Trump’s Executive Order On Immigration Stops Program For Central American Children
February 02, 2017
Jorge Valencia
Angel, an 18-year-old from Honduras, traveled by bus and train in an attempt to reach the U.S. border before he was stopped by authorities in Mexico. He said his life had been threatened after witnessing cousin being murdered. He's staying at a shelter for young Central American migrants in Mexico City.

President Donald Trump’s executive order on immigration has put on hold the entrance of some minors fleeing violence in Central America.

The order signed Friday stopped for 120 days a program that helped a small group: children feeling violence in Central American countries who had a parent or a relative already living in the U.S.

Applicants were screened while still in their home country under the program, which was started in 2014 under President Obama, with the goal of stopping the flow of unaccompanied minors from illegally crossing the border.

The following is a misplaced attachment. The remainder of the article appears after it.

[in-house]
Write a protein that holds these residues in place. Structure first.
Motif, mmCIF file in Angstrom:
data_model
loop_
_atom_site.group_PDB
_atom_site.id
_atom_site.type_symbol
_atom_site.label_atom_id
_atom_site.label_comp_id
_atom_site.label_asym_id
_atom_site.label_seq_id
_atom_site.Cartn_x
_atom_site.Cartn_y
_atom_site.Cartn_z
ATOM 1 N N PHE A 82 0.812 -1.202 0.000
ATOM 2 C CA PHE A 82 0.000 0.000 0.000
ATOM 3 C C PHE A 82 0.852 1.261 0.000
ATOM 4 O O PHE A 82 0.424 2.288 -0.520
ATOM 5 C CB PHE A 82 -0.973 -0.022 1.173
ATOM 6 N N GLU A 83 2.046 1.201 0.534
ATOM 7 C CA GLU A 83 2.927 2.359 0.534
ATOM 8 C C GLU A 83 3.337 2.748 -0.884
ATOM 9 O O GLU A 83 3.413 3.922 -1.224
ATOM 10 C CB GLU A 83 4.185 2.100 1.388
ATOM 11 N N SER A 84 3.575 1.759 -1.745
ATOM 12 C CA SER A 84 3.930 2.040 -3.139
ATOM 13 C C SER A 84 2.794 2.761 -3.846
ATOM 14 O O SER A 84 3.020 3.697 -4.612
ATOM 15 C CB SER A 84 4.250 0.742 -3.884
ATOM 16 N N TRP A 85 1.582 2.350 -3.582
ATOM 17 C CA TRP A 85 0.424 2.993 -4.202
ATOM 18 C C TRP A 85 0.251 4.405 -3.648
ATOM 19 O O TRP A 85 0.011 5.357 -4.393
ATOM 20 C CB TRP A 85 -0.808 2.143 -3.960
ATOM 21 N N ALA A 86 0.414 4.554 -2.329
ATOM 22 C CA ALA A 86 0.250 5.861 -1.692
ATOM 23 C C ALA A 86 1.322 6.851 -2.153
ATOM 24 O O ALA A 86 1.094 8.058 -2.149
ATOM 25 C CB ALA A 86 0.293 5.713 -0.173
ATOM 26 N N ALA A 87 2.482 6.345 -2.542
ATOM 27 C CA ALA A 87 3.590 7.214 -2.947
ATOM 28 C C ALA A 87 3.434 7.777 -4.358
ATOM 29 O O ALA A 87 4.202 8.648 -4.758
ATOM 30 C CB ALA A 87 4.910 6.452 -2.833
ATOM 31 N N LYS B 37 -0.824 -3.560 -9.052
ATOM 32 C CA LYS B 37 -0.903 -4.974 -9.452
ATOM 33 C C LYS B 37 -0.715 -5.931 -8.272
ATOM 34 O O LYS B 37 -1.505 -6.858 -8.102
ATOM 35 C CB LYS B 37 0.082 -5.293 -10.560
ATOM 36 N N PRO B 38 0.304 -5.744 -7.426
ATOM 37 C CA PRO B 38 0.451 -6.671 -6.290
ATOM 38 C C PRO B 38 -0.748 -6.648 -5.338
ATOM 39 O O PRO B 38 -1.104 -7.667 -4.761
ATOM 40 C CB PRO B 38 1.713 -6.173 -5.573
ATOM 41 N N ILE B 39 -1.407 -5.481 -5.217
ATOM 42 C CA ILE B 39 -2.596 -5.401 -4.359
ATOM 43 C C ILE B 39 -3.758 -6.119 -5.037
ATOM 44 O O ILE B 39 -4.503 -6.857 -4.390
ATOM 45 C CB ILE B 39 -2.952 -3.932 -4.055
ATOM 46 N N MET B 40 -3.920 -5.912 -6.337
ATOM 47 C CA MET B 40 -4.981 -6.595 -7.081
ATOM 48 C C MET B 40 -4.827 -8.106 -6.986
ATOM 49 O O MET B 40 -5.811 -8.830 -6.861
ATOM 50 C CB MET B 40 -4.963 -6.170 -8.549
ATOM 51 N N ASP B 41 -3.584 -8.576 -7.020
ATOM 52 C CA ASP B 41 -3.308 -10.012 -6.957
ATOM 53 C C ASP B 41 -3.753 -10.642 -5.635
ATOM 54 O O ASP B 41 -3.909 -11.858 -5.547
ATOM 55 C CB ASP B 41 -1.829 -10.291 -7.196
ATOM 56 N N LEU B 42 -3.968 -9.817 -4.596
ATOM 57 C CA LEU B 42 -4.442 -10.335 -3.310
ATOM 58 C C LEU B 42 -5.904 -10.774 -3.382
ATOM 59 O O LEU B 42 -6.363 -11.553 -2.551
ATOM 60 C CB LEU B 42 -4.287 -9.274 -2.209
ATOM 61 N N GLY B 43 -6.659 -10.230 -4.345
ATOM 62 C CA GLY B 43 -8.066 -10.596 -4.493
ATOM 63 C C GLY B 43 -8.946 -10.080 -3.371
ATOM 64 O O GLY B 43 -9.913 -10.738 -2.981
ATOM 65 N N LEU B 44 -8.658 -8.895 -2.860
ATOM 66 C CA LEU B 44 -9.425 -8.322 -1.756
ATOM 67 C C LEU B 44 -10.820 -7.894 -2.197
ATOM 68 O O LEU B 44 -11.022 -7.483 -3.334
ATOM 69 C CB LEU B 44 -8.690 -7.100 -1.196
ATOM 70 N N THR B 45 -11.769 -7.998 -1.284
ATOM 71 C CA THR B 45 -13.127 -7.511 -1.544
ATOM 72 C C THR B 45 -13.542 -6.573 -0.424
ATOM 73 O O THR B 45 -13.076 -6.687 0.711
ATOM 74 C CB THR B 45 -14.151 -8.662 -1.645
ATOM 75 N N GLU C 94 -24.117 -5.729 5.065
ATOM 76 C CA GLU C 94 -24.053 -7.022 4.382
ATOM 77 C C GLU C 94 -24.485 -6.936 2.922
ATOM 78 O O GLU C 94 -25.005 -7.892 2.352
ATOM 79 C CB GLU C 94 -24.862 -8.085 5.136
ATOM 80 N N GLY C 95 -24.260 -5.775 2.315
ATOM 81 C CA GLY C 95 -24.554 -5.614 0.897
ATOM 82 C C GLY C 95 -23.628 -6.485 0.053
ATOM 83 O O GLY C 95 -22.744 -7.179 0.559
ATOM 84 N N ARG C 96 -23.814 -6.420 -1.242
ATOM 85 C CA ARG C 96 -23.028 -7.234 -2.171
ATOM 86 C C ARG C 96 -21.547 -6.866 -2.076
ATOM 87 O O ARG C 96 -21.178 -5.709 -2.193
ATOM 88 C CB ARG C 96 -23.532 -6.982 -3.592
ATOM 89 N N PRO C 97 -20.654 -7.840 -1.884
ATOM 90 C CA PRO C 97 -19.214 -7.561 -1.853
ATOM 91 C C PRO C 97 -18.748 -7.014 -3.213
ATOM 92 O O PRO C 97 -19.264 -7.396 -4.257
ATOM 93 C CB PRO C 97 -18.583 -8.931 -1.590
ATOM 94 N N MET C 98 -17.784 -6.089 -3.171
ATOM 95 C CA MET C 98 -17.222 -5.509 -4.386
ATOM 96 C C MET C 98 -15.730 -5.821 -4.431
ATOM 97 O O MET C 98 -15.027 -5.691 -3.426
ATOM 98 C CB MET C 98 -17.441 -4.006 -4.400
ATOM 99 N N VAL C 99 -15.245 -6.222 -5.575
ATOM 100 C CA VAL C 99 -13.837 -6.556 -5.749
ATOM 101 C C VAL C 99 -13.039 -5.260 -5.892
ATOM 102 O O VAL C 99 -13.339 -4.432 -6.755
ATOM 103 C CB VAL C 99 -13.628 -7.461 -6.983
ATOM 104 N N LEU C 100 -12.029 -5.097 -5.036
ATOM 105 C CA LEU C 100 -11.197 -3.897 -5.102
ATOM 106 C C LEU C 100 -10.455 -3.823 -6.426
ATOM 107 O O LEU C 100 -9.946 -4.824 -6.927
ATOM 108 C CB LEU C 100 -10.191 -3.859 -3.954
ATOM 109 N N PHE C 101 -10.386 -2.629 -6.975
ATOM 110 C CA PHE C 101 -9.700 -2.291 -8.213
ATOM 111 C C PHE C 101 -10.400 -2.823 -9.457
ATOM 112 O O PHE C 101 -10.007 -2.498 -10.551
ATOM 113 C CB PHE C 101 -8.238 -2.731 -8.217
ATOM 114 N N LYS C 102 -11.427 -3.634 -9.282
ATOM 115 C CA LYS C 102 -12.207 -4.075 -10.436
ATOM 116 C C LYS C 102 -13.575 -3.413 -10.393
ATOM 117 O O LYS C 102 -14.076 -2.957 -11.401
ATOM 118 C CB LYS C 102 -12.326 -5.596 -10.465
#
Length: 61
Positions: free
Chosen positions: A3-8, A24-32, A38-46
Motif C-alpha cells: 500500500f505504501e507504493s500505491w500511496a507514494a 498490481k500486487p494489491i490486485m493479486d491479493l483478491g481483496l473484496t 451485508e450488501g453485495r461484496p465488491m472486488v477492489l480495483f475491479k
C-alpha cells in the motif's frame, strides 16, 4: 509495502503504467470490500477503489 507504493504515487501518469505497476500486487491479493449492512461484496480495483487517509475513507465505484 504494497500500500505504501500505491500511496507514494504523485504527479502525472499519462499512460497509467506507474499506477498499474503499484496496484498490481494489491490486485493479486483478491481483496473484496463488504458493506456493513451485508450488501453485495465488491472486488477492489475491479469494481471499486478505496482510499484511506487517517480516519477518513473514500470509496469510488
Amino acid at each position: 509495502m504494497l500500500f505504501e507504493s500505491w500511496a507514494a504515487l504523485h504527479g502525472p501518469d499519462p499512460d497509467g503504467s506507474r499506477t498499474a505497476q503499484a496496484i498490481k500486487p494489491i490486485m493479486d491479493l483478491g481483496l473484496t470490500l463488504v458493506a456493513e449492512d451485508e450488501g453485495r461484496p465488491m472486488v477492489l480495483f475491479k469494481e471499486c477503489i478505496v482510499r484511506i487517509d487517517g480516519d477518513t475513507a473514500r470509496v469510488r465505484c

According to the State Department, about 2,000 of some 11,000 applicants were granted entry since the Central American Minors Program was enacted.

The pause on the program potentially means more minors trying to make the trip alone. Paola Núñez, who helps run a shelter in Mexico City for Central American children and teenagers, remains optimistic. She says she hopes her shelter will still be able to help some young people go to school or find a vocational job in Mexico City.

“We see it as an opportunity,” Núñez says.